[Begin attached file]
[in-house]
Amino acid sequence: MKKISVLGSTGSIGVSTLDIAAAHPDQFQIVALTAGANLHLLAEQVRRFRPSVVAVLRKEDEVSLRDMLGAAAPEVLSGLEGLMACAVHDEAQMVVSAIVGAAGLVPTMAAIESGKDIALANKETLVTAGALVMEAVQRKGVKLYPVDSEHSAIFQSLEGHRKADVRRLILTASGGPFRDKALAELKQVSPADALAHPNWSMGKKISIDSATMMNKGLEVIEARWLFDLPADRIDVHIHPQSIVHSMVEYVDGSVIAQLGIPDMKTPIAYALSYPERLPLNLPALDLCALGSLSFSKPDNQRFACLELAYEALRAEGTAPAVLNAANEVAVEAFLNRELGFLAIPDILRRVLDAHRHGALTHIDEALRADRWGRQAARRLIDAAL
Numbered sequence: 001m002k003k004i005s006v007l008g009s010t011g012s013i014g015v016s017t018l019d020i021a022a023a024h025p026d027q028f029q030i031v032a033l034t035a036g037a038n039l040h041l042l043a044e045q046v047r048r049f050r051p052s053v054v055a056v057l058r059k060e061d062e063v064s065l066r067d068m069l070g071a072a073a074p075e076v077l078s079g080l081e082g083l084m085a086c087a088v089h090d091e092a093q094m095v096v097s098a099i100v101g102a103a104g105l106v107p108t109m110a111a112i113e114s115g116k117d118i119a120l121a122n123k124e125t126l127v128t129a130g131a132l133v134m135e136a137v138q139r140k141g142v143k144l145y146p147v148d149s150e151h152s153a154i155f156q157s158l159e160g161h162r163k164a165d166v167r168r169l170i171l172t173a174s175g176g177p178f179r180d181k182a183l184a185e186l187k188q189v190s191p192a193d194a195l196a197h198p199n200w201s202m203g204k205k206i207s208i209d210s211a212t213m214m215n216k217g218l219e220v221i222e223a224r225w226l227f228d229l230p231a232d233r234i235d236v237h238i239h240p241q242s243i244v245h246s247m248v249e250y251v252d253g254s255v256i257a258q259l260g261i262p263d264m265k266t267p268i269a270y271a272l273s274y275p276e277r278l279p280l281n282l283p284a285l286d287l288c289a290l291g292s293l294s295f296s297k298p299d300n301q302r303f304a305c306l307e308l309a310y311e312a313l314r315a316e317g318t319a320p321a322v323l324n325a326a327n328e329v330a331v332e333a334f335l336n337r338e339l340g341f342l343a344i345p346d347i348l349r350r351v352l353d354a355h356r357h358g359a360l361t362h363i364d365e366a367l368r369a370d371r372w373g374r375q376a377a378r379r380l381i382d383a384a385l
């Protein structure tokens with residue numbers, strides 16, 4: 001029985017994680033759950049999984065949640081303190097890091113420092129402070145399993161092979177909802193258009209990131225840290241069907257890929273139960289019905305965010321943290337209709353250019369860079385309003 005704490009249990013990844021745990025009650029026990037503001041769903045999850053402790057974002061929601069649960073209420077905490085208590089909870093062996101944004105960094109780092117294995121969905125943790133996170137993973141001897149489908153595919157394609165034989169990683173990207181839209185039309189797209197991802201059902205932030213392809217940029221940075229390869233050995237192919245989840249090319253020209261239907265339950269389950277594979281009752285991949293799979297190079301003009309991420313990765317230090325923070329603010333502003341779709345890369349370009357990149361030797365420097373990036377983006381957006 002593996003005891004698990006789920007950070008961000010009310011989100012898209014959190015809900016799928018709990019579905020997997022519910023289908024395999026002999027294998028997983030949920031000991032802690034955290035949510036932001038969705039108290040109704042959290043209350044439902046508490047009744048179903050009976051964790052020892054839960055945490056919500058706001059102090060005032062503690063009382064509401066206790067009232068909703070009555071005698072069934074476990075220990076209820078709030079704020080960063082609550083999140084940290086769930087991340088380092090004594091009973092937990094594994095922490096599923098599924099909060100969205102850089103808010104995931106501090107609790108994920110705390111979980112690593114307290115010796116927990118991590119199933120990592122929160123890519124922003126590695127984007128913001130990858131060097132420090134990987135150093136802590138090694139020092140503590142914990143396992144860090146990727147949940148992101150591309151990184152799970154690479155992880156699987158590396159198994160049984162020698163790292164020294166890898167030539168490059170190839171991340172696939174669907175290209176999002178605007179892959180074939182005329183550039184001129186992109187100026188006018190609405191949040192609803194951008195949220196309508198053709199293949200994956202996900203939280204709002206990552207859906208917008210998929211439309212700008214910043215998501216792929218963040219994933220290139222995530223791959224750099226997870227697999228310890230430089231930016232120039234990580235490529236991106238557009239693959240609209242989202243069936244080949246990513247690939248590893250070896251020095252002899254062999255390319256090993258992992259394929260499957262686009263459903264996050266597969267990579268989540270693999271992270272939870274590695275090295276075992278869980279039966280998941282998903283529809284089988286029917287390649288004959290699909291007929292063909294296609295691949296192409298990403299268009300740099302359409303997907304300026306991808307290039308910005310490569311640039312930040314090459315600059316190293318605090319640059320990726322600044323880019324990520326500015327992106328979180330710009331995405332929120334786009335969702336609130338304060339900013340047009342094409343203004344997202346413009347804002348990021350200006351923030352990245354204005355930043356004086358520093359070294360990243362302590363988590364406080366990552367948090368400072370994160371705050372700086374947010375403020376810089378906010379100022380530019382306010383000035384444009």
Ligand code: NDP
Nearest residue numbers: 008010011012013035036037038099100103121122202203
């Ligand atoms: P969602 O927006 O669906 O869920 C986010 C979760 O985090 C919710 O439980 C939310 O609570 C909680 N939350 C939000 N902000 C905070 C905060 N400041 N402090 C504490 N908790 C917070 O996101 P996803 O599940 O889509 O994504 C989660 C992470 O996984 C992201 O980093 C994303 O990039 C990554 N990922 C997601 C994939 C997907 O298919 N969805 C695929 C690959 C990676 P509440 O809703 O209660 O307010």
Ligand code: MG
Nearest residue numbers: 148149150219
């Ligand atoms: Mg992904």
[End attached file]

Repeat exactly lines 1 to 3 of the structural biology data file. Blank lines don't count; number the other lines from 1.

[in-house]
Amino acid sequence: MKKISVLGSTGSIGVSTLDIAAAHPDQFQIVALTAGANLHLLAEQVRRFRPSVVAVLRKEDEVSLRDMLGAAAPEVLSGLEGLMACAVHDEAQMVVSAIVGAAGLVPTMAAIESGKDIALANKETLVTAGALVMEAVQRKGVKLYPVDSEHSAIFQSLEGHRKADVRRLILTASGGPFRDKALAELKQVSPADALAHPNWSMGKKISIDSATMMNKGLEVIEARWLFDLPADRIDVHIHPQSIVHSMVEYVDGSVIAQLGIPDMKTPIAYALSYPERLPLNLPALDLCALGSLSFSKPDNQRFACLELAYEALRAEGTAPAVLNAANEVAVEAFLNRELGFLAIPDILRRVLDAHRHGALTHIDEALRADRWGRQAARRLIDAAL
Numbered sequence: 001m002k003k004i005s006v007l008g009s010t011g012s013i014g015v016s017t018l019d020i021a022a023a024h025p026d027q028f029q030i031v032a033l034t035a036g037a038n039l040h041l042l043a044e045q046v047r048r049f050r051p052s053v054v055a056v057l058r059k060e061d062e063v064s065l066r067d068m069l070g071a072a073a074p075e076v077l078s079g080l081e082g083l084m085a086c087a088v089h090d091e092a093q094m095v096v097s098a099i100v101g102a103a104g105l106v107p108t109m110a111a112i113e114s115g116k117d118i119a120l121a122n123k124e125t126l127v128t129a130g131a132l133v134m135e136a137v138q139r140k141g142v143k144l145y146p147v148d149s150e151h152s153a154i155f156q157s158l159e160g161h162r163k164a165d166v167r168r169l170i171l172t173a174s175g176g177p178f179r180d181k182a183l184a185e186l187k188q189v190s191p192a193d194a195l196a197h198p199n200w201s202m203g204k205k206i207s208i209d210s211a212t213m214m215n216k217g218l219e220v221i222e223a224r225w226l227f228d229l230p231a232d233r234i235d236v237h238i239h240p241q242s243i244v245h246s247m248v249e250y251v252d253g254s255v256i257a258q259l260g261i262p263d264m265k266t267p268i269a270y271a272l273s274y275p276e277r278l279p280l281n282l283p284a285l286d287l288c289a290l291g292s293l294s295f296s297k298p299d300n301q302r303f304a305c306l307e308l309a310y311e312a313l314r315a316e317g318t319a320p321a322v323l324n325a326a327n328e329v330a331v332e333a334f335l336n337r338e339l340g341f342l343a344i345p346d347i348l349r350r351v352l353d354a355h356r357h358g359a360l361t362h363i364d365e366a367l368r369a370d371r372w373g374r375q376a377a378r379r380l381i382d383a384a385l